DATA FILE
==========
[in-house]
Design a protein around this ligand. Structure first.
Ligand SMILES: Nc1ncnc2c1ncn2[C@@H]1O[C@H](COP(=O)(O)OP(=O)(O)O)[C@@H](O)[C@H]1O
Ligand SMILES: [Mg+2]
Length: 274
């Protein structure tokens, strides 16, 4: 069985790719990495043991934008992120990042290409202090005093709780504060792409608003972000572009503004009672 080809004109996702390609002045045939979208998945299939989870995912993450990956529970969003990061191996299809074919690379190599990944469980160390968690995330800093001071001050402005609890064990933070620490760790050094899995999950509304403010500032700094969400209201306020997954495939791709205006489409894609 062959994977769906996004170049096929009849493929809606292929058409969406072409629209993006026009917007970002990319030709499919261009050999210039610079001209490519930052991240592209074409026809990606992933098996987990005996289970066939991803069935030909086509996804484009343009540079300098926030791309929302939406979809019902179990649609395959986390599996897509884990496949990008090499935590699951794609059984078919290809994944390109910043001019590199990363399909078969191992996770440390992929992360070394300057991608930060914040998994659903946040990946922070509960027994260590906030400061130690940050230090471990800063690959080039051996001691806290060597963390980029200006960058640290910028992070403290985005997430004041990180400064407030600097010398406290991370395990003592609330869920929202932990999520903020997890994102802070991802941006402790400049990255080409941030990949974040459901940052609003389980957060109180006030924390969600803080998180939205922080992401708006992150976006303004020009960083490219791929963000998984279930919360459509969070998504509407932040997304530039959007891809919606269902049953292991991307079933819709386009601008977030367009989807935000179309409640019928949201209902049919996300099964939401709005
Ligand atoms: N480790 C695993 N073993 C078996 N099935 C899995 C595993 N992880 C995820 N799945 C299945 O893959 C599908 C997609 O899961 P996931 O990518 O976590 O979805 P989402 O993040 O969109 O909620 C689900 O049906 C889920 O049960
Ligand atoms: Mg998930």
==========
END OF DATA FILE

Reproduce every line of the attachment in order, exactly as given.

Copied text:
[in-house]
Design a protein around this ligand. Structure first.
Ligand SMILES: Nc1ncnc2c1ncn2[C@@H]1O[C@H](COP(=O)(O)OP(=O)(O)O)[C@@H](O)[C@H]1O
Ligand SMILES: [Mg+2]
Length: 274
């Protein structure tokens, strides 16, 4: 069985790719990495043991934008992120990042290409202090005093709780504060792409608003972000572009503004009672 080809004109996702390609002045045939979208998945299939989870995912993450990956529970969003990061191996299809074919690379190599990944469980160390968690995330800093001071001050402005609890064990933070620490760790050094899995999950509304403010500032700094969400209201306020997954495939791709205006489409894609 062959994977769906996004170049096929009849493929809606292929058409969406072409629209993006026009917007970002990319030709499919261009050999210039610079001209490519930052991240592209074409026809990606992933098996987990005996289970066939991803069935030909086509996804484009343009540079300098926030791309929302939406979809019902179990649609395959986390599996897509884990496949990008090499935590699951794609059984078919290809994944390109910043001019590199990363399909078969191992996770440390992929992360070394300057991608930060914040998994659903946040990946922070509960027994260590906030400061130690940050230090471990800063690959080039051996001691806290060597963390980029200006960058640290910028992070403290985005997430004041990180400064407030600097010398406290991370395990003592609330869920929202932990999520903020997890994102802070991802941006402790400049990255080409941030990949974040459901940052609003389980957060109180006030924390969600803080998180939205922080992401708006992150976006303004020009960083490219791929963000998984279930919360459509969070998504509407932040997304530039959007891809919606269902049953292991991307079933819709386009601008977030367009989807935000179309409640019928949201209902049919996300099964939401709005
Ligand atoms: N480790 C695993 N073993 C078996 N099935 C899995 C595993 N992880 C995820 N799945 C299945 O893959 C599908 C997609 O899961 P996931 O990518 O976590 O979805 P989402 O993040 O969109 O909620 C689900 O049906 C889920 O049960
Ligand atoms: Mg998930």